FCC: Profanity During News Not Indecent

Nov 7, 2006  •  Post A Comment

The Federal Communications Commission reversed course on two indecency cases late Monday, saying in one it wouldn’t challenge bad language during a network news interview with an entertainer.

The FCC ruled that the use of the word “bullshitter” on CBS’s “The Early Show” wasn’t indecent because it occurred during a news segment — even though that interview was with a contestant on the network’s reality show “Survivor: Vanuatu.” In the other case, the agency dismissed complaints about episodes of ABC’s “NYPD Blue” on procedural grounds.

The two cases were among several the FCC had used in March to try to illustrate what does and does not constitute indecency. Monday’s ruling in the “Early Show” case is unlikely to lay the issue to rest, as FCC commissioner Jonathan Adelstein called the decision “arbitrary, subjective and inconsistent.”

The FCC reaffirmed its finding of indecency in two other cases late Monday, ruling that Cher’s use of the F-word during the broadcast of the 2002 Billboard Music Awards on Fox-owned station WTTG-TV in Washington and Nicole Richie’s language during the “2003 Billboard Music Awards” broadcast on a number of Fox stations was indecent.

The FCC’s March 15 Omnibus Indecency Order combined a number of complaints, levying fines for some violations. In the “Early Show” and “NYPD Blue” cases, the commission called the broadcasts indecent but didn’t impose a monetary penalty. Stations and station groups challenged the findings in an appellate court, arguing that the FCC hadn’t given them the chance to respond, and the agency agreed to reconsider the four cases.

The FCC announced the reversals minutes before midnight, and FCC Chairman Kevin Martin issued a statement saying that the the “Early Show” case troubled him because the profanity occurred during the show’s interview with a contestant on “Survivor.” Still, the FCC deferred to CBS’s contention that the interview of an entertainment show celebrity on a news program was a news segment that shouldn’t be subject to indecency rules.

“It is oftentimes difficult to distinguish between true news programming and infotainment. While I found the interview with a contestant on ‘Survivor: Vanuatu’ to be extremely close to that line, I believe the Commission’s exercise of caution with respect to news programming was appropriate in this instance,” Mr. Martin said in a statement.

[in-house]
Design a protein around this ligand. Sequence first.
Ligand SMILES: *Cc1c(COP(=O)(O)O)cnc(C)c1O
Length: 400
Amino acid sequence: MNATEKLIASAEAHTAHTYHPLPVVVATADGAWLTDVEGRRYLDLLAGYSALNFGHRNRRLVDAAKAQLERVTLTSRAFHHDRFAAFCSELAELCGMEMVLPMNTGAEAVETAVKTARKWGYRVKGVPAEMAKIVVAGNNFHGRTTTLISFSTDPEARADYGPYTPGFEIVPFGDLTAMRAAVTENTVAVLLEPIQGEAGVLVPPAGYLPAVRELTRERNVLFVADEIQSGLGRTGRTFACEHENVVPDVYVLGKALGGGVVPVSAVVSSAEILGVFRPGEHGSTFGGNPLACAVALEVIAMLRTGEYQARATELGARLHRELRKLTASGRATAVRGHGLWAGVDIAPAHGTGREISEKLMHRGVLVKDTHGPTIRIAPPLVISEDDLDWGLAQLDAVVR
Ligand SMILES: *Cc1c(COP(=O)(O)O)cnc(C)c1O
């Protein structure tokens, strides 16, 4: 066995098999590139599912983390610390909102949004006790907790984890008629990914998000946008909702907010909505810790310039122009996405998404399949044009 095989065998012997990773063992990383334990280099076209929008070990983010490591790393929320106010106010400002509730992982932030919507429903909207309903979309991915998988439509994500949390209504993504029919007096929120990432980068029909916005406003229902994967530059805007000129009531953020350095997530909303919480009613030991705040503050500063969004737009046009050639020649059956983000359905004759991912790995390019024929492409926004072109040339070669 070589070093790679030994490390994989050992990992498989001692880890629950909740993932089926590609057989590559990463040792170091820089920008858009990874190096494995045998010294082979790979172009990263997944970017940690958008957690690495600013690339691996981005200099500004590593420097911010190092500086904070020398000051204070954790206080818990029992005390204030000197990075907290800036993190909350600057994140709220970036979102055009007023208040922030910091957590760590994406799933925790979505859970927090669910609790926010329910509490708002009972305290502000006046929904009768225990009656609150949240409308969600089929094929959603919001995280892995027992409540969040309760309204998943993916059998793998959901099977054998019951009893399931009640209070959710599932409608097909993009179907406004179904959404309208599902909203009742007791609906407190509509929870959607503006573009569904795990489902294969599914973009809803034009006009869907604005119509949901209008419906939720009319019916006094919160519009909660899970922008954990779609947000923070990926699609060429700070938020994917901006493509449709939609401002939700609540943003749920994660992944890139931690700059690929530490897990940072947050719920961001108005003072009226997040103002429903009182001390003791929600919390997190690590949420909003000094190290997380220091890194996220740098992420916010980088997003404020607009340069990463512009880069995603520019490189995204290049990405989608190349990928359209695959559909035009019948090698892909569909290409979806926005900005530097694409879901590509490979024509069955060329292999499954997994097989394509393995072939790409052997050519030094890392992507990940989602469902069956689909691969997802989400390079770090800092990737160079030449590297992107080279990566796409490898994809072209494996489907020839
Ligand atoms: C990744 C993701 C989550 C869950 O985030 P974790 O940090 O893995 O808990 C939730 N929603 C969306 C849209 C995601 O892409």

Mr. Martin said the Billboard decisions should be upheld. In one of those, the agency examined comments by Ms. Richie, who dropped the F-word in a dialogue with Paris Hilton during the awards show. Referring to the pair’s reality program, “The Simple Life,” Ms. Richie said, “Why do they even call it ‘The Simple Life?’ Have you ever tried to get cow shit out of a Prada purse? It’s not so f***ing simple.”

The FCC decision in those cases was consistent with past decisions, Mr. Martin said.

“The Commission has always held that the use of certain words could be indecent,” he said. “Consistent with that precedent, this order affirms that the use of the F- and S-words in the 2002 and the 2003 Billboard Music awards was indeed indecent. Hollywood continues to argue they should be able to say the F-word on television whenever they want. Today, the Commission again disagrees.”

Mr. Adelstein said it’s unfair to focus on a few seconds of the Billboard Music Awards without looking at the show as a whole.

“The commission should consider the totality of the program rather than limit our consideration to an isolated programming segment,” he said.

With regard to “The Early Show” decision, Mr. Adelstein argued that there isn’t necessarily a news exemption to indecency. The agency’s willingness to exempt the program and defer to CBS’s representation on what is news “will surely create unintended consequences in future cases,” he said.